In recent years, it’s become fashionable in America to talk about the need to stop hate crimes. But, all too often, “hate crimes” are defined as speech which questions the legitimacy of the homosexual lifestyle.
True hate crimes, however, are acts of violence perpetrated without cause but with a tremendous amount of malice. A perfect example of this is something that happened in Florida recently.
A couple of thugs attacked a homeless man, causing him to sustain serious bruises. What makes the incident newsworthy is that the assailants were ten years old.
At an age when boys should be playing soccer, hunting for earthworms, and camping under the stars, our male children are instead getting their kicks by beating up the already-downtrodden. CNN is reporting that, last year alone, there were 142 attacks against and murders of homeless people. Often, those responsible for the violence were young people looking for a cheap, disgusting thrill.
As one observer told CNN, “If we’re talking about 10-year-olds, that means we’ve hit an all-time low. The youngest person to have ever been arrested for a crime like this is 13.”
Both liberals and conservatives can agree that such street violence is an atrocity—especially when the culprits can barely see over the steering wheel of a car. However, the solutions proposed in the face of such violence differ widely, depending on where you sit on the political spectrum.
Liberals would have us believe that the answer to such decadence is more money for public schools, diversity training, and midnight basketball. Conservatives, however, are likely to give a much different response.
To begin with, the conservative sees violence as being the opposite of love and the God who is love. The conservative reasons that, when prayer was taken out of schools, God was too. Since nature abhors a vacuum, hate filled the space that should have been occupied by love of neighbor.
A young person who can’t even check in with God at the place that he spends the majority of his day isn’t likely to ooze compassion to other people—especially the poor. A heart which lacks prayer is a heart which lacks love.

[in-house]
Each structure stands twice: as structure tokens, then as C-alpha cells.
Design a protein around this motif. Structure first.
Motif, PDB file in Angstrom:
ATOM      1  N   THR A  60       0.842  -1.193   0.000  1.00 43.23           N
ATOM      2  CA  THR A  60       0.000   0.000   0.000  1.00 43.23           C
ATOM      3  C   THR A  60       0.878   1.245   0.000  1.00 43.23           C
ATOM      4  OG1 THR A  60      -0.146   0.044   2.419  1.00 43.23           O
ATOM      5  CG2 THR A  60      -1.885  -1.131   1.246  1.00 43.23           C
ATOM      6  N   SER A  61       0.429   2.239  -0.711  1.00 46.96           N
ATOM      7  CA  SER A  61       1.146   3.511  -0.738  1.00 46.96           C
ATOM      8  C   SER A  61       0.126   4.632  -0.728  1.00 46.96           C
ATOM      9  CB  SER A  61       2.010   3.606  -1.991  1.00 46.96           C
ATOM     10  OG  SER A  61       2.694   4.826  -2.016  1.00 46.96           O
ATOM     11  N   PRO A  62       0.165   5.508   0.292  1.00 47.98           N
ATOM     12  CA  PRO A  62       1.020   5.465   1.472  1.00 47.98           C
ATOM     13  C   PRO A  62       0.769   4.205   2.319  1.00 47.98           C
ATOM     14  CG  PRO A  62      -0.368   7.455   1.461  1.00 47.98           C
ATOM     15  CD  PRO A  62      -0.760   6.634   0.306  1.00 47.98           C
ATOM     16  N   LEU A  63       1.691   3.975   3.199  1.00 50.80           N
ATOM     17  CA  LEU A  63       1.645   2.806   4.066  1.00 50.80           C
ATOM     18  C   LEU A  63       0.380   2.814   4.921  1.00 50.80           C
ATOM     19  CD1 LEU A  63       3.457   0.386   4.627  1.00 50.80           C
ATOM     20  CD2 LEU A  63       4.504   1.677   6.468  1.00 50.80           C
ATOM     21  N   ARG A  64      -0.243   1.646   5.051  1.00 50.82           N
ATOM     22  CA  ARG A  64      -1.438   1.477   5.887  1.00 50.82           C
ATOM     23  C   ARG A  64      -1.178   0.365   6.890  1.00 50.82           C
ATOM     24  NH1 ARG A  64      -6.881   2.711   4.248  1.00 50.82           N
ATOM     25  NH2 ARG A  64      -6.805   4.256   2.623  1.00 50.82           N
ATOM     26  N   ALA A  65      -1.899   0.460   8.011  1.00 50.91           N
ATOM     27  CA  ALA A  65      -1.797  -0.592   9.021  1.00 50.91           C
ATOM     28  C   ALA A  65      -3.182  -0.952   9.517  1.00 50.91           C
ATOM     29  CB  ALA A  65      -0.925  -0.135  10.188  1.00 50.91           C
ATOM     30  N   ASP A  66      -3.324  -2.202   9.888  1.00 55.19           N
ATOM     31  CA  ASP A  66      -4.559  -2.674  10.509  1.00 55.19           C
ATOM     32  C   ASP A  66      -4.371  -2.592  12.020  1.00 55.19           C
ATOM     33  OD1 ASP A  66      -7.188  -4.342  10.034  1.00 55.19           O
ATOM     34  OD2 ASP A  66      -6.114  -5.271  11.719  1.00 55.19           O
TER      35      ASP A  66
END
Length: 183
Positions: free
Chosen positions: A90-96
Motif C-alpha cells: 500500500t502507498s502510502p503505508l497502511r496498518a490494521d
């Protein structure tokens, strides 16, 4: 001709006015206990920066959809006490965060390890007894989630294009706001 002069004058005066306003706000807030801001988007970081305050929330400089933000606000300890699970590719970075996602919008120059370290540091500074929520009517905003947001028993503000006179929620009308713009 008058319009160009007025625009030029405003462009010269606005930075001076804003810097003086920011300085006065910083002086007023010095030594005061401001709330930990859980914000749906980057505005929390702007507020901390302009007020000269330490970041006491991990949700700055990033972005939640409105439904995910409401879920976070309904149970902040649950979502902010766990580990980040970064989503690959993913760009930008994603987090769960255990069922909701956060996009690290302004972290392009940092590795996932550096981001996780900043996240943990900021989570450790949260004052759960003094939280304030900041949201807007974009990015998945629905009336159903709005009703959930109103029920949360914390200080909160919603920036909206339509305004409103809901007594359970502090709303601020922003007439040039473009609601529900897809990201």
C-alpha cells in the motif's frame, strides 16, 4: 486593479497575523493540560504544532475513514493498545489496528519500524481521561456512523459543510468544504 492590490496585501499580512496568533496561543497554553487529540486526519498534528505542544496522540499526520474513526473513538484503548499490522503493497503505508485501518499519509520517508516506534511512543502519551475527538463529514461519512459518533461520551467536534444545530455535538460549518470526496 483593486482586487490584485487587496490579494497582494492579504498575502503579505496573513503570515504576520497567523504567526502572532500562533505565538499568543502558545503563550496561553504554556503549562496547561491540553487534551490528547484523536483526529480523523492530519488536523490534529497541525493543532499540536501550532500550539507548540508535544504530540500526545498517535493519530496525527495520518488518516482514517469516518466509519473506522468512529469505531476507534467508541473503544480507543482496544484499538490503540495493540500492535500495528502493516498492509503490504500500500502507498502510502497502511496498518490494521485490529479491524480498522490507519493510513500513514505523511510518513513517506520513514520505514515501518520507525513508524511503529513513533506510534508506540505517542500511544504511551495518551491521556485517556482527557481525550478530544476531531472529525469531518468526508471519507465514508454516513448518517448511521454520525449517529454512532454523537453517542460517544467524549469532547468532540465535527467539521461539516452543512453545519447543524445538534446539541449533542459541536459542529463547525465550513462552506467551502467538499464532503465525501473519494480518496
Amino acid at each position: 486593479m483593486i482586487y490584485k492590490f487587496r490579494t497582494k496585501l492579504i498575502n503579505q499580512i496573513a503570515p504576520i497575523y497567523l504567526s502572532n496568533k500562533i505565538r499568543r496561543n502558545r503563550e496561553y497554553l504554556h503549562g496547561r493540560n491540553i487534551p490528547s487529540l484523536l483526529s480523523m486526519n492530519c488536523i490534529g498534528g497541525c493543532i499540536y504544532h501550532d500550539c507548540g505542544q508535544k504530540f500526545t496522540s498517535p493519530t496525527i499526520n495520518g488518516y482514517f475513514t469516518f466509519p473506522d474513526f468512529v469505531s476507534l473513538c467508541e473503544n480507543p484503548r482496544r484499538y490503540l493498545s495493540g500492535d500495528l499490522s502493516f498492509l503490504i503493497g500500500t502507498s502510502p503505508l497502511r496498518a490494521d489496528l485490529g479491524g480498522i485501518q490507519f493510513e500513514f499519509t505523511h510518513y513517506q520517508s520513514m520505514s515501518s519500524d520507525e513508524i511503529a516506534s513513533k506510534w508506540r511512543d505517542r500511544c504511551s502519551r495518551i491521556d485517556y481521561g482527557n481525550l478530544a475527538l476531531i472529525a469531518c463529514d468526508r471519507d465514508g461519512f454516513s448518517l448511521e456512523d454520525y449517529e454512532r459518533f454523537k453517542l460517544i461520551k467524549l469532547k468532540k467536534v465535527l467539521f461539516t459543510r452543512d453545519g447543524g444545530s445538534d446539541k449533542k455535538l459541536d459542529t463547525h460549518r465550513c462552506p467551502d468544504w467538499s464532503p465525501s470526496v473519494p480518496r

The conservative also knows that young people believe life is cheap. For this we can credit the abortion-at-all-costs crowd, who never met an abortion they didn’t embrace. Young people are smart—they know that abortion is murder. And they figure, if you can go ahead and end the life of a baby in the womb, what’s to stop you from clobbering the homeless guy down the street? Abortion is violence and violence always begets violence.
It was certainly a sad sight—10-year-olds wearing white jail jumpsuits that were far too large for them. But these pathetic souls are not alone.
In 2005, four young people confessed to beating a homeless man to death in the Daytona Beach area. They overpowered him with sticks and logs, fracturing his skull and breaking his ribs. Is such a death any less vicious than a partial-birth abortion, in which an abortionist stabs a baby in the back of the head and collapses the skull?
Meanwhile, Florida legislators are working on a measure that promises more protection for the homeless. But for the homeless to truly be protected, we’d have to return to an America in which prayer is welcomed in public schools, the Ten Commandments are welcomed in courthouses, and legalized abortion is shown the door.
Nathan Tabor regularly appears on radio and is writing a book for Thomas Nelson Publishing. Nathan received his BA in psychology from St. Andrews Presbyterian College and his MA in public policy from Regent University.
In 2004, Nathan ran for Congress (NC5) in an eight-way primary. He raised over $850,000 and received over 7,500 votes in the most expensive primary in American history. Nathan's supporters included Dick Armey, Ed Meese, Steve Moore, Art Laffer, Pat Robertson, Bob Jones III, Congressman Robert Aderholt, Congressman Trent Franks, Congressman Jim Ryun, Beverly and Tim LaHaye, Mike Farris and many others. Dr. Jerry Falwell dubbed him the "young Jesse Helms."